The Sea Shepherds are headed back to frigid Antarctica for a tenth mission to stop Japanese whaling - but for the first time they'll make the voyage without their leader. Under legal siege, Captain Paul Watson, founder of the direct-action environmental organization Sea Shepherd Conservation Society, is forced to hand the mission over to youthful veteran Peter Hammarstedt following a ruling from the United States Court of Appeals for the Ninth Circuit. The ruling has Watson's hands tied as it imposes strict limits on how he and his U.S. cohorts in Sea Shepherds can interact with Japanese whaling activities. Animal Planet's Emmy(R)-nominated series WHALE WARS goes deep inside the Sea Shepherd organization to document this latest perilous campaign, "Operation Relentless."
Status: To Be Determined
Runtime: 60 minutes
Whale Wars - Blue whale - Netflix
The blue whale (Balaenoptera musculus) is a marine mammal belonging to the baleen whale parvorder, Mysticeti. At up to 30 metres (98 ft) in length and with a maximum recorded weight of 173 tonnes (190 short tons), it is the largest animal known to have ever existed. Long and slender, the blue whale's body can be various shades of bluish-grey dorsally and somewhat lighter underneath. There are at least three distinct subspecies: B. m. musculus of the North Atlantic and North Pacific, B. m. intermedia of the Southern Ocean and B. m. brevicauda (also known as the pygmy blue whale) found in the Indian Ocean and South Pacific Ocean. B. m. indica, found in the Indian Ocean, may be another subspecies. As with other baleen whales, its diet consists almost exclusively of small crustaceans known as krill. Blue whales were abundant in nearly all the oceans on Earth until the beginning of the twentieth century. For over a century, they were hunted almost to extinction by whalers until protected by the international community in 1966. A 2002 report estimated there were 5,000 to 12,000 blue whales worldwide, in at least five groups. The IUCN estimates that there are probably between 10,000 and 25,000 blue whales worldwide today. Before whaling, the largest population was in the Antarctic, numbering approximately 239,000 (range 202,000 to 311,000). There remain only much smaller (around 2,000) concentrations in each of the eastern North Pacific, Antarctic, and Indian Ocean groups. There are two more groups in the North Atlantic, and at least two in the Southern Hemisphere. As of 2014, the Eastern North Pacific blue whale population had rebounded to nearly its pre-hunting population.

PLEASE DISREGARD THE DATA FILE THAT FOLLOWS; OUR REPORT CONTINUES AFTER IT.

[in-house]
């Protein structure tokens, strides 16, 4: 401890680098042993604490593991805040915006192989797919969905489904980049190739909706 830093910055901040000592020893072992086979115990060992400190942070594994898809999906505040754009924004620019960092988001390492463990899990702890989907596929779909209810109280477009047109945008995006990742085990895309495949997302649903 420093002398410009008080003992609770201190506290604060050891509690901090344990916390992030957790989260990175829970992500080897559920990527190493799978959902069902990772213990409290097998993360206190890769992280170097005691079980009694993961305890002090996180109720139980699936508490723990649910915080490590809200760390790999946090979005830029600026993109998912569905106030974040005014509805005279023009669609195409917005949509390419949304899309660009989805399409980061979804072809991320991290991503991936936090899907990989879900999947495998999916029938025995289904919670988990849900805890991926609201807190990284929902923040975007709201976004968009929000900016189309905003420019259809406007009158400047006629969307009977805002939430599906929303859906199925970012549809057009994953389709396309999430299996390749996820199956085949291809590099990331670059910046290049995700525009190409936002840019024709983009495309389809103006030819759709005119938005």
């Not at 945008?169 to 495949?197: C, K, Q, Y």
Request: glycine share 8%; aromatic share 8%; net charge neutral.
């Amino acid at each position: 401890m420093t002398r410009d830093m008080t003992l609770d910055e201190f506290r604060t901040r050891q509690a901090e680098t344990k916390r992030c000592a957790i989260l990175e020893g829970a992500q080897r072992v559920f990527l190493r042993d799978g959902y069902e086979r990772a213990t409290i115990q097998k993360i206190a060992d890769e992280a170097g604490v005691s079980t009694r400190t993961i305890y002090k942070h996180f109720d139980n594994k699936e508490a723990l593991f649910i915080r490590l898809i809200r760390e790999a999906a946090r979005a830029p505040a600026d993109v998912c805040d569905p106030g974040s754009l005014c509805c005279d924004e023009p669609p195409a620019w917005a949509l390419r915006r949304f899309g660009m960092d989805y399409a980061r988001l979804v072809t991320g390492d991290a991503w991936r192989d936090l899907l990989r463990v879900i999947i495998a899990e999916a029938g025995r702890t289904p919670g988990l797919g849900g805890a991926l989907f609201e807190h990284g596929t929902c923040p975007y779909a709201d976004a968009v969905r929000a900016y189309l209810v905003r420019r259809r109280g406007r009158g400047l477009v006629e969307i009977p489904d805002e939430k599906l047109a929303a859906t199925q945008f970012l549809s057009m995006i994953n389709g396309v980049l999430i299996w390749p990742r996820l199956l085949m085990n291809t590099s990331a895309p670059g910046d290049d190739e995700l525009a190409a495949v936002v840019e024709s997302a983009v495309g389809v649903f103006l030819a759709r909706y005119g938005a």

Whale Wars - Whale-watching - Netflix
Blue whales may be encountered (but rarely) on whale-watching cruises in the Gulf of Maine and are the main attractions along the north shore of the Gulf of Saint Lawrence and in the Saint Lawrence estuary. Blue whales can also be seen off Southern California, starting as early as March and April, with the peak between July and September. More whales have been observed close to shore along with fin whales. In Chile, the Alfaguara project combines conservation measures for the population of blue whales feeding off Chiloé Island with whale watching and other ecotourism activities that bring economic benefits to the local people. Whale-watching, principally blue whales, is also carried out south of Sri Lanka. Whales are widely seen along the coast of Chile and Peru near the coast, occasionally making mixed groups with fin, sei, and Bryde's whales. In Australia, pygmy blue and Antarctic blue whales have been observed from various tours in almost all the coastlines of the continent. Among these, tours with sightings likely the highest rate are on west coast such as in Geographe Bay and in southern bight off Portland. For later, special tours to observe pygmy blues by helicopters are organized. In New Zealand, whales have been seen in many areas close to shore, most notably around the Northland coast, in the Hauraki Gulf and the Bay of Plenty.
Whale Wars - References - Netflix